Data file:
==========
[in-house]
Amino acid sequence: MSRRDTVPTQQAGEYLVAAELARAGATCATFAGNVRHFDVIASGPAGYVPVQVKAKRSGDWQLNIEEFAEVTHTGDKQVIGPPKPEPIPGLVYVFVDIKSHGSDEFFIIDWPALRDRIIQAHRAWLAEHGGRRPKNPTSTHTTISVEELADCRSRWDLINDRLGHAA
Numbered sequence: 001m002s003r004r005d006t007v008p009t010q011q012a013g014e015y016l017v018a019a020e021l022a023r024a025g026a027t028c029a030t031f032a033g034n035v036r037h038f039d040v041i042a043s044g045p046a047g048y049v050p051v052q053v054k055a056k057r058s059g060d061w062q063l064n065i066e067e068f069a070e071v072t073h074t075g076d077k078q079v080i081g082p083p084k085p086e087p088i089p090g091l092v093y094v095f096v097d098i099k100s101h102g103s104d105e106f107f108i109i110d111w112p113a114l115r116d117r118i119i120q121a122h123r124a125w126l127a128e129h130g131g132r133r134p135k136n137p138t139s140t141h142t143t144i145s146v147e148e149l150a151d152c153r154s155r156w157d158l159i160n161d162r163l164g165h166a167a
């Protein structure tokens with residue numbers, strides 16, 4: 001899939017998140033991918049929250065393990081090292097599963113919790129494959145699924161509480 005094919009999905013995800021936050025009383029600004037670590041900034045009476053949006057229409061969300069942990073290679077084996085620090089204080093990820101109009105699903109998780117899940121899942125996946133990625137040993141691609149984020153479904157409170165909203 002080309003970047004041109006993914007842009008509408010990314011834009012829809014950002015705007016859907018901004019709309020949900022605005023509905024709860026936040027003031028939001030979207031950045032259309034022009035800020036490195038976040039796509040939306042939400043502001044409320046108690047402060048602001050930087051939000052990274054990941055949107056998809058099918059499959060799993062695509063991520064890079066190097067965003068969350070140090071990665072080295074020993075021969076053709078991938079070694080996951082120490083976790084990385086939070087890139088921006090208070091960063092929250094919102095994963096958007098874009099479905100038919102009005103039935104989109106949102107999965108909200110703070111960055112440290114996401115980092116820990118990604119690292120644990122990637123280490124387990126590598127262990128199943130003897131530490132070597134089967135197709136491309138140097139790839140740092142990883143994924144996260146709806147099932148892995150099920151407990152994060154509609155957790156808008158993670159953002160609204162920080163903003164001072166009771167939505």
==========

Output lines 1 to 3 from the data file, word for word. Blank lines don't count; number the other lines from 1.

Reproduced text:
[in-house]
Amino acid sequence: MSRRDTVPTQQAGEYLVAAELARAGATCATFAGNVRHFDVIASGPAGYVPVQVKAKRSGDWQLNIEEFAEVTHTGDKQVIGPPKPEPIPGLVYVFVDIKSHGSDEFFIIDWPALRDRIIQAHRAWLAEHGGRRPKNPTSTHTTISVEELADCRSRWDLINDRLGHAA
Numbered sequence: 001m002s003r004r005d006t007v008p009t010q011q012a013g014e015y016l017v018a019a020e021l022a023r024a025g026a027t028c029a030t031f032a033g034n035v036r037h038f039d040v041i042a043s044g045p046a047g048y049v050p051v052q053v054k055a056k057r058s059g060d061w062q063l064n065i066e067e068f069a070e071v072t073h074t075g076d077k078q079v080i081g082p083p084k085p086e087p088i089p090g091l092v093y094v095f096v097d098i099k100s101h102g103s104d105e106f107f108i109i110d111w112p113a114l115r116d117r118i119i120q121a122h123r124a125w126l127a128e129h130g131g132r133r134p135k136n137p138t139s140t141h142t143t144i145s146v147e148e149l150a151d152c153r154s155r156w157d158l159i160n161d162r163l164g165h166a167a